Shortly after periastron passage [closest passage] every eight years, the infrared brightness increases dramatically and then slowly drops again over a period of months. Here stellar winds collide with the dust formation created by the Wolf-Rayet star, causing the unusual bulges and angles in the concentric shells of dust. The dust typically emitted by Wolf-Rayet systems is not so coherent or concentric as those of WR 140. The dust lanes around Wolf-Rayets are most commonly observed as some variety of spiral. This is thought to be the result of the dueling solar winds in binary systems, which compress clouds of dust into distinct shock fronts. The concentric nature of WR 140's dust shells is not well understood, although it may be related to nuclear processes in the Wolf-Rayet star's core.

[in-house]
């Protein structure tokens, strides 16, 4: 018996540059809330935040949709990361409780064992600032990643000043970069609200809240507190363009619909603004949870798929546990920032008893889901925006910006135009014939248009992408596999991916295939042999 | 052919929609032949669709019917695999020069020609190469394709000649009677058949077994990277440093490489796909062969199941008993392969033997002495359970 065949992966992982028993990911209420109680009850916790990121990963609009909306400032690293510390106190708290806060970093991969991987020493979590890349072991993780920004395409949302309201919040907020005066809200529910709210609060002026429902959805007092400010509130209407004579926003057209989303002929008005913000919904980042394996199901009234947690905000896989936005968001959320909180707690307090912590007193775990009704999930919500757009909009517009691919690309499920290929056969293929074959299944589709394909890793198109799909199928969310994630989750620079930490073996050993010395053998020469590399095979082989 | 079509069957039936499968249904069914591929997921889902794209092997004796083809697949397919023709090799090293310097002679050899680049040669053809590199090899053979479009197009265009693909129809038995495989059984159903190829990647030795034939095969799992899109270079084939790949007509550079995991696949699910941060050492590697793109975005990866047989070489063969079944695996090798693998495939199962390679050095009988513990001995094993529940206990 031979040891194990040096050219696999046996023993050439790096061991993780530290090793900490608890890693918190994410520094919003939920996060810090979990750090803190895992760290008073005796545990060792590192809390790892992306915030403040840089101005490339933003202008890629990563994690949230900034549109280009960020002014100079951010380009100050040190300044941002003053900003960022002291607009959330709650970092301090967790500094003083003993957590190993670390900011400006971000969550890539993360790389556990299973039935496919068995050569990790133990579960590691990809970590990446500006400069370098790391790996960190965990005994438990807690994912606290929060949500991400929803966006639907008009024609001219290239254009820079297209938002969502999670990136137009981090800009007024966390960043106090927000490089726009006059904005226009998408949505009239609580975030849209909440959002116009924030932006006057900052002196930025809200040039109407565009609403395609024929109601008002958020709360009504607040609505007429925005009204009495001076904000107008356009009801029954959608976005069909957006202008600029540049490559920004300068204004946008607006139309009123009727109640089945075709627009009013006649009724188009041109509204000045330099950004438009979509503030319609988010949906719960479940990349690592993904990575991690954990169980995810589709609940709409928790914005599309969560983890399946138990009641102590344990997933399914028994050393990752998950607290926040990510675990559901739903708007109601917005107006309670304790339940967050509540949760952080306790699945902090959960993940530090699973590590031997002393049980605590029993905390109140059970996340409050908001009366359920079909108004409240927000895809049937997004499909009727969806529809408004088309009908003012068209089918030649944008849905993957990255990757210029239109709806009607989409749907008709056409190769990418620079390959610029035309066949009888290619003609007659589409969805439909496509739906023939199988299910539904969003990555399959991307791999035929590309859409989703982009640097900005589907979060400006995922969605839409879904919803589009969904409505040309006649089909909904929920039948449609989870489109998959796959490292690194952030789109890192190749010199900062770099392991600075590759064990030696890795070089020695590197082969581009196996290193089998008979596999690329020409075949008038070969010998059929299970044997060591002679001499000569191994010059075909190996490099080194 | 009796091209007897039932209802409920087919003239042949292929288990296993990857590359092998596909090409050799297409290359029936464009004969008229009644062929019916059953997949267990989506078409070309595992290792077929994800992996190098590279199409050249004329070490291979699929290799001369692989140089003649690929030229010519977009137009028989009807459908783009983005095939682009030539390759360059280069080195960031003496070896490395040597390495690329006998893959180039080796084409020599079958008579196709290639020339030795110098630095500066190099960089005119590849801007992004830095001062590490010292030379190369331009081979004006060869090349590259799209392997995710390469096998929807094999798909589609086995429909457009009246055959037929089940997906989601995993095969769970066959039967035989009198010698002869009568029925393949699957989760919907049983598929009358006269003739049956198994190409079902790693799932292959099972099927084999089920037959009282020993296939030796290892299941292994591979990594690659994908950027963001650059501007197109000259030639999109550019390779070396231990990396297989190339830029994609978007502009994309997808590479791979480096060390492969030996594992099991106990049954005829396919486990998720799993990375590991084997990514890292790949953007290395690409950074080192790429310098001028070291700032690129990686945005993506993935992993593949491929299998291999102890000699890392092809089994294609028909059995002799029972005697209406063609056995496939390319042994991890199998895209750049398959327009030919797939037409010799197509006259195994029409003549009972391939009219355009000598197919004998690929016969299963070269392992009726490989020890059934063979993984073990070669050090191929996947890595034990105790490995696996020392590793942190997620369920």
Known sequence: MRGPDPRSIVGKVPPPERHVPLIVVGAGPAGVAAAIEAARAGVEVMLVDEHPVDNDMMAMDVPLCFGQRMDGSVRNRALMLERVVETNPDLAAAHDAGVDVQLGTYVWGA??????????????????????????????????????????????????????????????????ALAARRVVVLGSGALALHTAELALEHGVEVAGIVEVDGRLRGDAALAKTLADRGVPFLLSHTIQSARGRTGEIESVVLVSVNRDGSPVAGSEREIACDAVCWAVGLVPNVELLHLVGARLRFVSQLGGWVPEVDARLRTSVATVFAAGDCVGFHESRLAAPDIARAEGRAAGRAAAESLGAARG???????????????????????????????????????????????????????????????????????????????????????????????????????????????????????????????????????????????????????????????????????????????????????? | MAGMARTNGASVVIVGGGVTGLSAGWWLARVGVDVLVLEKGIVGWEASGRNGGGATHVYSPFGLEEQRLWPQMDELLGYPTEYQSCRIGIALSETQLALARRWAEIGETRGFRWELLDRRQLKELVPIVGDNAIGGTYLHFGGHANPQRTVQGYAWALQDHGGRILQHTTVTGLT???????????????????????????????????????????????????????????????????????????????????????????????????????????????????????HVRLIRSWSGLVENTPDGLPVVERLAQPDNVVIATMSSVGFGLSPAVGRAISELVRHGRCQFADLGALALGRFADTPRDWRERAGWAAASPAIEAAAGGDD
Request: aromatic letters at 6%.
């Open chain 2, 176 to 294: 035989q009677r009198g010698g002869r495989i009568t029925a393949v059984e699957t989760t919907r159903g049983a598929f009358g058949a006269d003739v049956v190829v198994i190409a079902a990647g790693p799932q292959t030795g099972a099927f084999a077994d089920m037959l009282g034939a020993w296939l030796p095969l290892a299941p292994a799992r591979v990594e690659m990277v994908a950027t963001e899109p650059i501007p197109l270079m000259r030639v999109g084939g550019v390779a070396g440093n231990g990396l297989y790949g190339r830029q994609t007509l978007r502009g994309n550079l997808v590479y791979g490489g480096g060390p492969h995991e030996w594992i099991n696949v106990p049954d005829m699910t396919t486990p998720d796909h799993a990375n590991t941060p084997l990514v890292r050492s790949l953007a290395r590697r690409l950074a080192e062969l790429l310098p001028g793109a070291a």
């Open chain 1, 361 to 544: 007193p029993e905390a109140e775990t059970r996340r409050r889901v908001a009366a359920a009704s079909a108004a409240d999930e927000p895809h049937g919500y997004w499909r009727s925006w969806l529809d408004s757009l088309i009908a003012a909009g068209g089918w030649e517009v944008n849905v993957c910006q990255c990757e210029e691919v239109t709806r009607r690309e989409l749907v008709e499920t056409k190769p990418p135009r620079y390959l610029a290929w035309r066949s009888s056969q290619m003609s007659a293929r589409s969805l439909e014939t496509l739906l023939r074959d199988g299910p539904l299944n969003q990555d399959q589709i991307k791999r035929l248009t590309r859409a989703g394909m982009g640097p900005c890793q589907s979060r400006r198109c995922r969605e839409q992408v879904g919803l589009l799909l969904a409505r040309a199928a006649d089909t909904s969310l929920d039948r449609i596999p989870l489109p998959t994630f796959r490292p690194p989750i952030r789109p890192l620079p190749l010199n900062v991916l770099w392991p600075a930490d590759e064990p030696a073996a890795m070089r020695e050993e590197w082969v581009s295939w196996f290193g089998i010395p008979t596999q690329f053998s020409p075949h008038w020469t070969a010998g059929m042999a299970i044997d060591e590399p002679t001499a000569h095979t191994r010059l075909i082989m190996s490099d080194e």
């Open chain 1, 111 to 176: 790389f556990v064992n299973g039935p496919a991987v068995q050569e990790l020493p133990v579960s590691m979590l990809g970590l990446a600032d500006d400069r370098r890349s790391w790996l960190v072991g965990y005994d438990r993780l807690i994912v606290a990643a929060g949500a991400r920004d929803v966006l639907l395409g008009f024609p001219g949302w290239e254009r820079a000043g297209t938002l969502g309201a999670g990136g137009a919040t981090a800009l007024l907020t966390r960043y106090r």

So nobody quite knows what is going on with WR 140, although the shells clearly form as a consequence of the two components of the binary star passing close to one another. Their strong winds affect the dust that is produced by WR 140.

The enormous dust production of WR stars happens because the star keeps switching on and switching off helium fusion in a thin shell around its (inert) core:
As the Wolf-Rayet star in WR 140 neared the end of its short life its core ran out of hydrogen to fuse into helium.
The core then began to collapse, but:
This collapse eventually began to slow as it grew more intense and heated the star's interior. Along the edge of the core a thin shell experienced temperatures and pressures sufficient to begin helium fusion.
...
The star began to inflate...